I gave director Daniel Myrick a lot of credit on the last DVD release of his I covered—2007’s Believers. The one-time co-director of The Blair Witch Project turned away from that in-your-face verité docu-film vibe that his old partner Ed Sanchez (Seventh Moon) still seems to be clinging to. In Believers Myrick pushed a few buttons and really tried to dig into character psyche and motivation. The ending of that film wasn’t flashy and the methods of achieving enlightenment were measured. But, the payoff was totally worth it. In other words, the end justified the means.
In a lot of ways, that sentiment is easily applied to the plot of The Objective…the end justifies the means. Only this time, it defines character motivation inside the film and not the overall experience viewing it.
Benjamin Keynes (Jonas Ball) is a CIA operative sent into Afghanistan just a few short weeks after the 9/11 terrorist attacks. He’s been there before, ten years ago. This time he’s back searching for something. Something that is sending off a radio active signature. But what is he looking for? For his mission he enlists a group of tough soldiers who are reluctant to join the CIA on a wild goose chase through the barren terrain in search of something that the “on a need to know basis” GIs don’t “need to know”. It doesn’t take long before hostile attacks and in-fighting threaten to rip this band of brothers apart.
Like Believers, Myrick seems to be actively pushing to blend genres. Where that film mixed religion, sci-fi and drama together, The Objective is at once a war movie and a sci-fi film. But it’s more than aliens in the desert—which would be a far too easy explanation for what the filmmaker is trying to achieve. Myrick’s film is full of human drama. He’s extremely interested in breaking down characters reason and rational while pressing buttons to find out what makes them tick. The film is most successful when it focuses on Keynes and his relationship with Chief Warrant Officer Wally Hamer (played to absolute perfection by former Army Special Forces Sergeant Matthew R. Anderson). It’s a film about people in extreme situations and how they react to those situations that makes for compelling storytelling. The catalyst for those motivations might be this mysterious mission but the people are the story here.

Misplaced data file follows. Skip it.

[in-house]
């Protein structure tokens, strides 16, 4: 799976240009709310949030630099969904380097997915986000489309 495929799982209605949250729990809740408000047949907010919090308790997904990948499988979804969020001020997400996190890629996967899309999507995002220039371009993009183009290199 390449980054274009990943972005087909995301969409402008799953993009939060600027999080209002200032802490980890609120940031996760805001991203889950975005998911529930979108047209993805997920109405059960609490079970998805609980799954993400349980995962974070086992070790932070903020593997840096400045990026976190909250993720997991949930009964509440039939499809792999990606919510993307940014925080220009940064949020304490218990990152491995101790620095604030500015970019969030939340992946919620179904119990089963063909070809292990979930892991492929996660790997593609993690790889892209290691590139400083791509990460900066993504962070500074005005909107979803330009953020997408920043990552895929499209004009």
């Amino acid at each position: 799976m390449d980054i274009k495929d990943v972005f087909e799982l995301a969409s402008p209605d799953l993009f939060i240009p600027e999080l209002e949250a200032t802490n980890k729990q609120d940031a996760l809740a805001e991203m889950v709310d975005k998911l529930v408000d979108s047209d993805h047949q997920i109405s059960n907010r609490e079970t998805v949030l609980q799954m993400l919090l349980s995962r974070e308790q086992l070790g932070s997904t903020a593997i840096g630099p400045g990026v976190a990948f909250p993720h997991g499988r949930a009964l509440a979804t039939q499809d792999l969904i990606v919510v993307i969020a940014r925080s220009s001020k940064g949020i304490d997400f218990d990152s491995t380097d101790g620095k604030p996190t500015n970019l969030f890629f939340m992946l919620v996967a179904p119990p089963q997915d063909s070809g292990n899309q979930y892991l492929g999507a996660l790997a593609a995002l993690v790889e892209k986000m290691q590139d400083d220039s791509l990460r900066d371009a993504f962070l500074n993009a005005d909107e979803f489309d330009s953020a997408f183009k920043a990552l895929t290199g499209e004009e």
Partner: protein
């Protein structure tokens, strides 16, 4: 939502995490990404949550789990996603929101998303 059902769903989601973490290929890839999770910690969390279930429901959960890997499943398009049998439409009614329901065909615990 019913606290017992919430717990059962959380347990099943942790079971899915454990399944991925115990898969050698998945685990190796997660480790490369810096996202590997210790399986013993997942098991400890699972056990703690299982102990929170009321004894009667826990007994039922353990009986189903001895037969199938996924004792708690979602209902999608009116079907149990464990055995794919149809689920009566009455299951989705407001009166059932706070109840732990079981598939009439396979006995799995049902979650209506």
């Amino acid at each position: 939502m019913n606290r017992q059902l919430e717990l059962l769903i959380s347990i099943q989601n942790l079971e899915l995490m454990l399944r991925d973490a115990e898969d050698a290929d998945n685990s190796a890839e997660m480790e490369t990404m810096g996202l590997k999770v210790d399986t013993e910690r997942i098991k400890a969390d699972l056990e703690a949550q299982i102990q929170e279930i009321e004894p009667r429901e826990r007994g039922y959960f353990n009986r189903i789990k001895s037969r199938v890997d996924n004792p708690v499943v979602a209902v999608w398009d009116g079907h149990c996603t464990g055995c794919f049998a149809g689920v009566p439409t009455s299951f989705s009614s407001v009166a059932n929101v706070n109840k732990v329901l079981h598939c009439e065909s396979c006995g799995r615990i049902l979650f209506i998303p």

In that regard The Objective excels. However, as a supernatural drama or a sci-fi horror film, it fails almost in every other manner. It’s not scary, it’s not bloody and first and foremost, it has no satisfying resolution. In fact, it’s in many ways very much a product of The Blair Witch Project. This film, like that one, is about the journey, not the destination. What made Believers work was that it remembered to be about both. With no clear (ahem) objective, the film falls apart, in much the same way that the unit at the center of the story collapses. Like them, we to are left wondering what the purpose of the mission was ultimately for.